How can I play sound in Java?

177

I want to be able to play sound files in my program. Where should I look?

This question is tagged with java audio

~ Asked on 2008-08-25 16:00:04

10 Answers


139

I wrote the following code that works fine. But I think it only works with .wav format.

public static synchronized void playSound(final String url) {
  new Thread(new Runnable() {
  // The wrapper thread is unnecessary, unless it blocks on the
  // Clip finishing; see comments.
    public void run() {
      try {
        Clip clip = AudioSystem.getClip();
        AudioInputStream inputStream = AudioSystem.getAudioInputStream(
          Main.class.getResourceAsStream("/path/to/sounds/" + url));
        clip.open(inputStream);
        clip.start(); 
      } catch (Exception e) {
        System.err.println(e.getMessage());
      }
    }
  }).start();
}

~ Answered on 2008-08-25 16:03:41


19

A bad example:

import  sun.audio.*;    //import the sun.audio package
import  java.io.*;

//** add this into your application code as appropriate
// Open an input stream  to the audio file.
InputStream in = new FileInputStream(Filename);

// Create an AudioStream object from the input stream.
AudioStream as = new AudioStream(in);         

// Use the static class member "player" from class AudioPlayer to play
// clip.
AudioPlayer.player.start(as);            

// Similarly, to stop the audio.
AudioPlayer.player.stop(as); 

~ Answered on 2008-08-25 16:01:58


11

I didn't want to have so many lines of code just to play a simple damn sound. This can work if you have the JavaFX package (already included in my jdk 8).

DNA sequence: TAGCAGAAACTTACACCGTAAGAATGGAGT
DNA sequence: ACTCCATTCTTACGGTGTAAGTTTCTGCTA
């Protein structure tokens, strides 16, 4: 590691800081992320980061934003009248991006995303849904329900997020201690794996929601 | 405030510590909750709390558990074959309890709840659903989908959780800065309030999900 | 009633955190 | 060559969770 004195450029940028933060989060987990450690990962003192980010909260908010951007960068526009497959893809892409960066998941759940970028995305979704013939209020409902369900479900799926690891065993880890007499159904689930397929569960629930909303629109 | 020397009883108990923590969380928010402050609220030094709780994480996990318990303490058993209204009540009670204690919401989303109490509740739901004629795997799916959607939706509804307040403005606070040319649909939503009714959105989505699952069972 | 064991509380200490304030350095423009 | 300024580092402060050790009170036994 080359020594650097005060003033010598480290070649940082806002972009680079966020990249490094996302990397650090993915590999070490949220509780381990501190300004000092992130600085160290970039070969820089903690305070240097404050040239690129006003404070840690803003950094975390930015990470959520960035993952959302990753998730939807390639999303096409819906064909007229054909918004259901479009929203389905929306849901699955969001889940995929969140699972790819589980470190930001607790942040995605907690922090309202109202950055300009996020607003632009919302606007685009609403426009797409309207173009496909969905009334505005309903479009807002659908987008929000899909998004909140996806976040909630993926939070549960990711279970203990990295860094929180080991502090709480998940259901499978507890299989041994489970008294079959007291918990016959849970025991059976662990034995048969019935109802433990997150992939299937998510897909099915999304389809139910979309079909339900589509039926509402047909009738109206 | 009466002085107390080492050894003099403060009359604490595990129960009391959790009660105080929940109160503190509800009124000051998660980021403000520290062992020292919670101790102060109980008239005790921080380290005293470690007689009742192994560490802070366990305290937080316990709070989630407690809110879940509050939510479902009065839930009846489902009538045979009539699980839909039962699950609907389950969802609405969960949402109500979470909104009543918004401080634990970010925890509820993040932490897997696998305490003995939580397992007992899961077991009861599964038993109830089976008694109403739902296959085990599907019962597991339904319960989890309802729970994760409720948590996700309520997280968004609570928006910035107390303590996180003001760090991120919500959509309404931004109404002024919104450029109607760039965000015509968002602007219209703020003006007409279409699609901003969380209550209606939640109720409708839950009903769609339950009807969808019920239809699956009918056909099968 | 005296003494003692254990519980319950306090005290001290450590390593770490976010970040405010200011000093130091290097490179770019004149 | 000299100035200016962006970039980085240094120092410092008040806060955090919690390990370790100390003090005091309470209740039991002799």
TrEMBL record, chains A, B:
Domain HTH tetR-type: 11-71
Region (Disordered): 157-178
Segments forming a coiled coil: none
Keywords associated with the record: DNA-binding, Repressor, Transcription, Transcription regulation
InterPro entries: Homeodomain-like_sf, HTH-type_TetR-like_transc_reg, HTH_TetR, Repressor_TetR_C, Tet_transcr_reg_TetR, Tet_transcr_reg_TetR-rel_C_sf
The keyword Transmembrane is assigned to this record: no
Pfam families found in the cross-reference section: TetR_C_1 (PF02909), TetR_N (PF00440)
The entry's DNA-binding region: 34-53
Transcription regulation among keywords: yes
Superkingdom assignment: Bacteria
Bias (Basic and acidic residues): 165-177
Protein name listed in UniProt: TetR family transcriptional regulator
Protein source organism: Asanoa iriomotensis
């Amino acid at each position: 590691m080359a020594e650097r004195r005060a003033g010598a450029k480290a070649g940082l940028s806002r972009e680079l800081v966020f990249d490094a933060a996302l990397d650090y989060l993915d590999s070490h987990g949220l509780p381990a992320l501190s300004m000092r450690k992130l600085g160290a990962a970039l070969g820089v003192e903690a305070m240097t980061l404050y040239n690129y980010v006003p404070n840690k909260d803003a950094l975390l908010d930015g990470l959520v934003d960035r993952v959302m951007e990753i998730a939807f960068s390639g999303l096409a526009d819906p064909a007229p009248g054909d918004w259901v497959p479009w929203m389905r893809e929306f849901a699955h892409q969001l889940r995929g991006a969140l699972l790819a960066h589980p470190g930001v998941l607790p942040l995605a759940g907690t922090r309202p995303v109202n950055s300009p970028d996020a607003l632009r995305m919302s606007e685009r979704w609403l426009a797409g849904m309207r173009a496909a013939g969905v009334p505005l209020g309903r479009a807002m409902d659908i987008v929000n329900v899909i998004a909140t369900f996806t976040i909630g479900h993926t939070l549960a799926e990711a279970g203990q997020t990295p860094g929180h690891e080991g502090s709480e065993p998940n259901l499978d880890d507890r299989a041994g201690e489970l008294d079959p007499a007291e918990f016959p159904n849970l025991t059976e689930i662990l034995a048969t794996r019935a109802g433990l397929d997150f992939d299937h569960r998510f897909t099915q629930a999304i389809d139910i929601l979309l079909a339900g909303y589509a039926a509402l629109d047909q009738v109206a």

private static void playSound(String sound){
    // cl is the ClassLoader for the current class, ie. CurrentClass.class.getClassLoader();
    URL file = cl.getResource(sound);
    final Media media = new Media(file.toString());
    final MediaPlayer mediaPlayer = new MediaPlayer(media);
    mediaPlayer.play();
}

Notice : You need to initialize JavaFX. A quick way to do that, is to call the constructor of JFXPanel() once in your app :

static{
    JFXPanel fxPanel = new JFXPanel();
}

~ Answered on 2016-02-02 19:24:41


8

For playing sound in java, you can refer to the following code.

import java.io.*;
import java.net.URL;
import javax.sound.sampled.*;
import javax.swing.*;

// To play sound using Clip, the process need to be alive.
// Hence, we use a Swing application.
public class SoundClipTest extends JFrame {

   public SoundClipTest() {
      this.setDefaultCloseOperation(JFrame.EXIT_ON_CLOSE);
      this.setTitle("Test Sound Clip");
      this.setSize(300, 200);
      this.setVisible(true);

      try {
         // Open an audio input stream.